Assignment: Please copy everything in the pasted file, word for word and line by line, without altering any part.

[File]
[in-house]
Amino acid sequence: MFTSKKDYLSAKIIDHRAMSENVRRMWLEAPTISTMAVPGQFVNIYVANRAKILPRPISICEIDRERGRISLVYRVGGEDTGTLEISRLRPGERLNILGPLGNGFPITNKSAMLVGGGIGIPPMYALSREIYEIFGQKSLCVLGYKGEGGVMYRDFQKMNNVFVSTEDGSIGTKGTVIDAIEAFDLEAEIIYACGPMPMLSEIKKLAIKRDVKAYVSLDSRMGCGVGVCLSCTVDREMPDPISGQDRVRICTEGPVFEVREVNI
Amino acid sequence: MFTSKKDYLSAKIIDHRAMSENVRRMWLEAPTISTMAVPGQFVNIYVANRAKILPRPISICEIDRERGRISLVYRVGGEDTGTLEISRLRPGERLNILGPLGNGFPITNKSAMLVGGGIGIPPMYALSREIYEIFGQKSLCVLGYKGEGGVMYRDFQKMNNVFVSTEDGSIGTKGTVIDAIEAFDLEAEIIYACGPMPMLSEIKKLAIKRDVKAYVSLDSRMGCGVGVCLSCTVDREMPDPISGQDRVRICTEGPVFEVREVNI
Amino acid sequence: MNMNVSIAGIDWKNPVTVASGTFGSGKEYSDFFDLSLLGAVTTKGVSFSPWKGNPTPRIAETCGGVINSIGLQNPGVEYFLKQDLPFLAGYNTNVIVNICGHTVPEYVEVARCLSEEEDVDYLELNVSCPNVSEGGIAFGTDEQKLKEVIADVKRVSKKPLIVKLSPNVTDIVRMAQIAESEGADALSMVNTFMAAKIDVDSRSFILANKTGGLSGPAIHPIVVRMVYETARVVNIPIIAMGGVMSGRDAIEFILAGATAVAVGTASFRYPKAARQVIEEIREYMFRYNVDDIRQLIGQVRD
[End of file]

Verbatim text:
[in-house]
Amino acid sequence: MFTSKKDYLSAKIIDHRAMSENVRRMWLEAPTISTMAVPGQFVNIYVANRAKILPRPISICEIDRERGRISLVYRVGGEDTGTLEISRLRPGERLNILGPLGNGFPITNKSAMLVGGGIGIPPMYALSREIYEIFGQKSLCVLGYKGEGGVMYRDFQKMNNVFVSTEDGSIGTKGTVIDAIEAFDLEAEIIYACGPMPMLSEIKKLAIKRDVKAYVSLDSRMGCGVGVCLSCTVDREMPDPISGQDRVRICTEGPVFEVREVNI
Amino acid sequence: MFTSKKDYLSAKIIDHRAMSENVRRMWLEAPTISTMAVPGQFVNIYVANRAKILPRPISICEIDRERGRISLVYRVGGEDTGTLEISRLRPGERLNILGPLGNGFPITNKSAMLVGGGIGIPPMYALSREIYEIFGQKSLCVLGYKGEGGVMYRDFQKMNNVFVSTEDGSIGTKGTVIDAIEAFDLEAEIIYACGPMPMLSEIKKLAIKRDVKAYVSLDSRMGCGVGVCLSCTVDREMPDPISGQDRVRICTEGPVFEVREVNI
Amino acid sequence: MNMNVSIAGIDWKNPVTVASGTFGSGKEYSDFFDLSLLGAVTTKGVSFSPWKGNPTPRIAETCGGVINSIGLQNPGVEYFLKQDLPFLAGYNTNVIVNICGHTVPEYVEVARCLSEEEDVDYLELNVSCPNVSEGGIAFGTDEQKLKEVIADVKRVSKKPLIVKLSPNVTDIVRMAQIAESEGADALSMVNTFMAAKIDVDSRSFILANKTGGLSGPAIHPIVVRMVYETARVVNIPIIAMGGVMSGRDAIEFILAGATAVAVGTASFRYPKAARQVIEEIREYMFRYNVDDIRQLIGQVRD